Oh, Christ. Somewhere in my history there’s probably a white smirk that set this all in motion. Sometime, in time immemorial, I looked away from another person based on the color of his skin, looked at the ground and relished the fact that I had the same skin and hair color as Jesus, or something like that.
But there are other things in my history too. There’s running by my high school football team when I was 27 and yelling “Go Eagles,” only to get zero response from them, despite that I knew they’d heard me. There’s prejudices, all over the place. There’s my professor alerting a black student in the class when I skipped the day on Frederick Douglass, afraid that I’d had racist motives. There’s racial slurs in downtown Chicago, there’s a group of black dudes in Terre Haute stopping me and asking if I’m Aryan Nation, fully ready to jump me if I mouth off. I have a shaved head but it’s from obvious baldness, for the record.
But I am the victim of prejudices. That’s what I’m saying. It’s not like it doesn’t happen. It probably even happens way more frequently than victimization of blacks, for that matter.
Now, I heard this song in the bar last night that really sickened me — it was like the ultimate nadir of disrespect against women and objectives of empty, vapid sexual conquest. And it was by a black dude. I would look it up but it doesn’t really matter what song it was. And I was going to steer this post in the direction of, like, there’s no backlash against this artist by the general public or the FCC because he’s black. And to be honest, it’s true. But maybe white men are given preferential treatment too for heinous lyrical baseness and the problem is sexism. Actually, sexism absolutely is a problem in music, outlined in part by Billie Eilish’s recent complaints about the lack of female performers at major music festivals, as well as lurid tales by Grimes of producers offering production time for sex, and things along those lines. To be honest, sexism in the American music industry is so bad that I, as an ostensible full-time music blogger, don’t even feel like I KNOW what the he** American music is. The whole endeavor is so occluded by these sociological maladies. The case in point would be those atrocious slime bags at Burger Records, who actually I once called out on this site, sort of half-joking, as selling record deals for sexual favors, but who have now indeed been uncovered and neutralized.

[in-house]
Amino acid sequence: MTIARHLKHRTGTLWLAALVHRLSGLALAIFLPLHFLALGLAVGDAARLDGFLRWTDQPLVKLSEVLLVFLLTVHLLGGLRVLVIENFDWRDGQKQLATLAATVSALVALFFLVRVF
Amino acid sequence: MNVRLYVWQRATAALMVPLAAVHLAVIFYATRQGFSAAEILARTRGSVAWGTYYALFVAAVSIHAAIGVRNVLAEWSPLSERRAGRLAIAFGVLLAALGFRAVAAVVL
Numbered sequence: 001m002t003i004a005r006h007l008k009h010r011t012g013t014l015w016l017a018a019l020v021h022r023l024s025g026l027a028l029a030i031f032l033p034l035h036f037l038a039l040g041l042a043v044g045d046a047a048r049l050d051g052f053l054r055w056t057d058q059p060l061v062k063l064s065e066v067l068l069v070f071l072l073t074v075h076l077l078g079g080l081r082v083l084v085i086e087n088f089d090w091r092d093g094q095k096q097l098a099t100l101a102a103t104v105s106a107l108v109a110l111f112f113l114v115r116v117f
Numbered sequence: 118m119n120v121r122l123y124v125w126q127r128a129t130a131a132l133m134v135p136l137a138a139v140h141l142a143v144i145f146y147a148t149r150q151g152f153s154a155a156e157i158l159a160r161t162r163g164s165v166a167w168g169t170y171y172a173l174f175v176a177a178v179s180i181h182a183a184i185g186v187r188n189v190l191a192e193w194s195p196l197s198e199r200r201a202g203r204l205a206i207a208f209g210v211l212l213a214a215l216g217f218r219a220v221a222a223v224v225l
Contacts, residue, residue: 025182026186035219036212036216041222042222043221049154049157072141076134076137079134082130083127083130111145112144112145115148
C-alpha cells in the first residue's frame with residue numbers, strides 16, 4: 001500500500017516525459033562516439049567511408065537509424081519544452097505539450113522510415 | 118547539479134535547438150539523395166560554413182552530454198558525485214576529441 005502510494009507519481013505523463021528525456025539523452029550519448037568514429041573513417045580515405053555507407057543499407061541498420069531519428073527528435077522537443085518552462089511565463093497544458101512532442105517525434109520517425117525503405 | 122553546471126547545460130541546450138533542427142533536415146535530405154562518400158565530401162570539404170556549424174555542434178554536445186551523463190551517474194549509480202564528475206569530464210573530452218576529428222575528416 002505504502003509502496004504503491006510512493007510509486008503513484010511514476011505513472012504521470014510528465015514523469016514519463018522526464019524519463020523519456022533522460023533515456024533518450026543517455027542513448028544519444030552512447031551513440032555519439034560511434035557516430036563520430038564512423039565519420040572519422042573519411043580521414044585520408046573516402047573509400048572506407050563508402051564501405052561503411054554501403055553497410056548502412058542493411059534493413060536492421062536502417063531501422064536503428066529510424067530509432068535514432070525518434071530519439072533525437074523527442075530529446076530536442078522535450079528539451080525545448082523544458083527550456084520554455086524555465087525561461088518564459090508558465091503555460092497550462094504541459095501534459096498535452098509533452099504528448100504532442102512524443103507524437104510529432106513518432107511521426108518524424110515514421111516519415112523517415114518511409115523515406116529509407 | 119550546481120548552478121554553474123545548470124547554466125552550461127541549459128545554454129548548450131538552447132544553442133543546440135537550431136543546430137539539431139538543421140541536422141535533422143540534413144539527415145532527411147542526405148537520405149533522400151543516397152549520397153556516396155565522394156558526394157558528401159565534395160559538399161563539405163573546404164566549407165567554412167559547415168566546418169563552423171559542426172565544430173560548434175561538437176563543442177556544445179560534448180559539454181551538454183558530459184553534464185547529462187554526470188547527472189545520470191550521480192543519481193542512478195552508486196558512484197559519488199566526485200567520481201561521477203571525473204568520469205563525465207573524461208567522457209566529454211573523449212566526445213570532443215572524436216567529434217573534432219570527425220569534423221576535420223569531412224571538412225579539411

But I mean come on, think of how psycho people go over “Cherry Pie” by Warrant. This dude in this other song was saying things like “All I need is another skank”. I mean at least Warrant was being complimentary of the chosen starlet, not calling her derogatory terms like this.
I mean, what is the reason for this disrespect? What? There are so many calamities going on in the world today that command our attention, to have our scopes shifted to something this gratuitous and adolescent. And if sh** is really so bad for black people, why aren’t they still rapping about that, like Public Enemy was in the late-’80s?
It’s not. That’s the answer. Immortal Technique went on a great rant about this topic that went viral on Facebook, about how inner city black kids in New York don’t face the same dangers and trials as they did in 1988. It’s just this cultural double standard that says whatever a black person spits out on a microphone is “art,” propelling this young man to stoop to this appalling level of disrespect and prurient interest. And it’s no better for him than it is for anyone else — resting on a paradigm of belittlement and objectification of women is not “art” and will certainly not do anybody any good, least of all some poor woman who has to encounter dudes who hear this song and abide by it, in all their looks, and hopefully not any of their actual advances, aggressive or not. We have to make moral criticism of black males in this country something that isn’t taboo anymore, without a question, or we’re not going to reach true sociological equality.